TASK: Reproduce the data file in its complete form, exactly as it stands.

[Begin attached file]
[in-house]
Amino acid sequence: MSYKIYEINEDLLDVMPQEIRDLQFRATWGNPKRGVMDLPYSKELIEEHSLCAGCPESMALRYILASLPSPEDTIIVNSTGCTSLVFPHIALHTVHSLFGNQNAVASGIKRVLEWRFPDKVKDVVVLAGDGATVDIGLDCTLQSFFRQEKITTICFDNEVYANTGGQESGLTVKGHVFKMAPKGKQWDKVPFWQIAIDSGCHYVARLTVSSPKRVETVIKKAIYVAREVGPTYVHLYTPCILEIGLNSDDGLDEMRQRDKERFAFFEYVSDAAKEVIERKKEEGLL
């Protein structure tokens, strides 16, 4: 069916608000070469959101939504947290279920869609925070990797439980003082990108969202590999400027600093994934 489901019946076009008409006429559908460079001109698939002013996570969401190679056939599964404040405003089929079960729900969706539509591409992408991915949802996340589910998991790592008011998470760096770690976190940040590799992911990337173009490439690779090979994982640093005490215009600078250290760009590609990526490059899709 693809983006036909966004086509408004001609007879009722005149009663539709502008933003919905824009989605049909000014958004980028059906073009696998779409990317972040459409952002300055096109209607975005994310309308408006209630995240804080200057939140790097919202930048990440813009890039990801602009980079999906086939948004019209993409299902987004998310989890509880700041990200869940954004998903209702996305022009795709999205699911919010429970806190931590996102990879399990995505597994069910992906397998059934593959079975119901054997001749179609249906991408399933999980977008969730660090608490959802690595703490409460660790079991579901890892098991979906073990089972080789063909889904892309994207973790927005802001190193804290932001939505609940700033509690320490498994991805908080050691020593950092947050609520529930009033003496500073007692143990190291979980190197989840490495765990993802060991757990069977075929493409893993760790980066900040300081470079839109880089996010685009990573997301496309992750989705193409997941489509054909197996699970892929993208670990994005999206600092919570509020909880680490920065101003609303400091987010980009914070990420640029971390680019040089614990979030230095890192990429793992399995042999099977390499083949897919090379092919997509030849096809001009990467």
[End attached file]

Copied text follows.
[in-house]
Amino acid sequence: MSYKIYEINEDLLDVMPQEIRDLQFRATWGNPKRGVMDLPYSKELIEEHSLCAGCPESMALRYILASLPSPEDTIIVNSTGCTSLVFPHIALHTVHSLFGNQNAVASGIKRVLEWRFPDKVKDVVVLAGDGATVDIGLDCTLQSFFRQEKITTICFDNEVYANTGGQESGLTVKGHVFKMAPKGKQWDKVPFWQIAIDSGCHYVARLTVSSPKRVETVIKKAIYVAREVGPTYVHLYTPCILEIGLNSDDGLDEMRQRDKERFAFFEYVSDAAKEVIERKKEEGLL
């Protein structure tokens, strides 16, 4: 069916608000070469959101939504947290279920869609925070990797439980003082990108969202590999400027600093994934 489901019946076009008409006429559908460079001109698939002013996570969401190679056939599964404040405003089929079960729900969706539509591409992408991915949802996340589910998991790592008011998470760096770690976190940040590799992911990337173009490439690779090979994982640093005490215009600078250290760009590609990526490059899709 693809983006036909966004086509408004001609007879009722005149009663539709502008933003919905824009989605049909000014958004980028059906073009696998779409990317972040459409952002300055096109209607975005994310309308408006209630995240804080200057939140790097919202930048990440813009890039990801602009980079999906086939948004019209993409299902987004998310989890509880700041990200869940954004998903209702996305022009795709999205699911919010429970806190931590996102990879399990995505597994069910992906397998059934593959079975119901054997001749179609249906991408399933999980977008969730660090608490959802690595703490409460660790079991579901890892098991979906073990089972080789063909889904892309994207973790927005802001190193804290932001939505609940700033509690320490498994991805908080050691020593950092947050609520529930009033003496500073007692143990190291979980190197989840490495765990993802060991757990069977075929493409893993760790980066900040300081470079839109880089996010685009990573997301496309992750989705193409997941489509054909197996699970892929993208670990994005999206600092919570509020909880680490920065101003609303400091987010980009914070990420640029971390680019040089614990979030230095890192990429793992399995042999099977390499083949897919090379092919997509030849096809001009990467």